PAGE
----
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Lumbosacral stenosis is a painful condition caused by a narrowing of the spinal column that results from either degeneration over time or a birth defect, which, in turn, puts pressure on the spinal cord. The condition is difficult to diagnose, especially in older dogs, because the common symptoms, which include limping, difficulty rising, a limp tail, and incontinence, mimic other diseases of old age. However, once a diagnosis is made, surgery is the typical treatment, and it is generally successful.
Lumbosacral stenosis is a painful condition of dogs that affects the spinal cord and the nerves around the area where the spinal column meets the pelvis (low down in the back, where the lumbar spine meets the sacrum at the level of the pelvis). In this multifaceted condition of dogs, the hind limbs, tail, bladder, and rectum may be separately or uniformly affected, depending on the severity of the lumbosacral stenosis.
This disease can be the result of a degenerative or congenital narrowing of the spinal column.
In degenerative cases, it can happen because of vertebral malformations, chronic changes to the discs that cushion the vertebrae, changes in the ligaments, trauma, or tumors. In fact, anything that causes instability between the vertebrae in this area can result in lumbosacral stenosis.
For the congenital form, a vertebral malformation typically cases pressure on the spinal cord and the nerves that exit it at this point and beyond (toward the tail). Pressure on the spinal column is what leads to clinical signs.
Older dogs who limp or are slow to rise and who suffer from incontinence of the bladder or bowels (or both) should be suspected of having the degenerative form of the condition.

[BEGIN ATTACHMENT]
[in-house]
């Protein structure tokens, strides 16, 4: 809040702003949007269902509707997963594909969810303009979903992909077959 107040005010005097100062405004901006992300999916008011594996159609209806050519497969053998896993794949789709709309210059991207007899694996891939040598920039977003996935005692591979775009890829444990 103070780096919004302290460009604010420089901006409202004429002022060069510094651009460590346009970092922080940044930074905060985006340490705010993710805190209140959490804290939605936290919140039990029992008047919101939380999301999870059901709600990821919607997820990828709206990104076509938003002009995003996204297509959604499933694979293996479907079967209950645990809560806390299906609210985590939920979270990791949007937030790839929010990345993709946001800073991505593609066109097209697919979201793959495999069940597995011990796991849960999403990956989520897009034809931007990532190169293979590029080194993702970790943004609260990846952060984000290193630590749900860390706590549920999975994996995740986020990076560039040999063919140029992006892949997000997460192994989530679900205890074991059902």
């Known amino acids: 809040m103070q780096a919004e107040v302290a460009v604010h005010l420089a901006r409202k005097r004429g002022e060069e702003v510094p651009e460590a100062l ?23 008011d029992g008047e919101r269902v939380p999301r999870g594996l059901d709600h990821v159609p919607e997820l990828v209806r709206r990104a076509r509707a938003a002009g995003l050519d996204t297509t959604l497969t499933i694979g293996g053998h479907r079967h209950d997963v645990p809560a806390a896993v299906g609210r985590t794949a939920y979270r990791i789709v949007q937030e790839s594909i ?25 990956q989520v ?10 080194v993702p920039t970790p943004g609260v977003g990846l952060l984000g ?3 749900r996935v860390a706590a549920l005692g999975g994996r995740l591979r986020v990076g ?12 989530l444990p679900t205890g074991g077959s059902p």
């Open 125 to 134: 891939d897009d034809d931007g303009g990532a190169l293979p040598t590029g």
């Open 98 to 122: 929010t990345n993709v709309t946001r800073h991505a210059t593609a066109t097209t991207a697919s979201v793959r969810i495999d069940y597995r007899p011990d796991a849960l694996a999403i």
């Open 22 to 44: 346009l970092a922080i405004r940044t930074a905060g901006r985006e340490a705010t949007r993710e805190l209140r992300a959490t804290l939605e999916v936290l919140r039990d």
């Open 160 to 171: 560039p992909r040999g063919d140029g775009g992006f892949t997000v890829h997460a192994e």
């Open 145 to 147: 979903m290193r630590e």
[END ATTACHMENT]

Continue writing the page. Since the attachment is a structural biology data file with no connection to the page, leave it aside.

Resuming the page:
Younger dogs with this condition (as young as puppies) are the most likely candidates for the congenital form.
In most cases, it’s a hard condition to identify. That’s because more commonly affected older dogs of large breeds typically already exhibit signs of arthritis that affect the hind end function and may already be incontinent due to a variety of other old-age processes. Younger dogs, by contrast, are easier to identify as a result of their normally pristine spinal cord status.
The collection of these symptoms (sometimes just the involvement of a few) may raise a veterinarian’s suspicions of lumbosacral stenosis. But even then, the problem can be a challenge to diagnose in older dogs that suffer similar symptoms from other degenerative diseases. It’s easy to get caught up in the other diseases and miss the bigger picture.
In either case — degenerative or congenital — X-rays, myelogram, CT scan, and/or MRI are the way to go. Your veterinarian may refer you to board-certified veterinary surgeons and/or neurologists to handle these advanced diagnostic details.
The congenital form of this condition is generally seen in smaller to medium-sized dogs. The acquired form is more common in large breeds, such as German Shepherds, Boxers, and Rottweilers.
Treatment depends on how severely the dog is affected.
In mild cases, veterinarians defer to pain-relief drugs (NSAIDs) and exercise restriction. When it comes to surgical treatments, pain relievers are also employed, but veterinarians hope the drugs are necessary only in the short term.
Severe cases usually require surgical treatment to free up space for the cord to “decompress,” so the swelling and its painful or functional symptoms can be relieved. Some dogs may not, however, completely recover normal neurologic function. Rapid treatment (once the process is identified) is deemed more effective in these cases.
Prevention of degenerative lumbosacral stenosis is difficult but can be achieved by limiting weight gain (this curbs the impact of disc disease and osteoarthritis).
This article has been reviewed by a Veterinarian.
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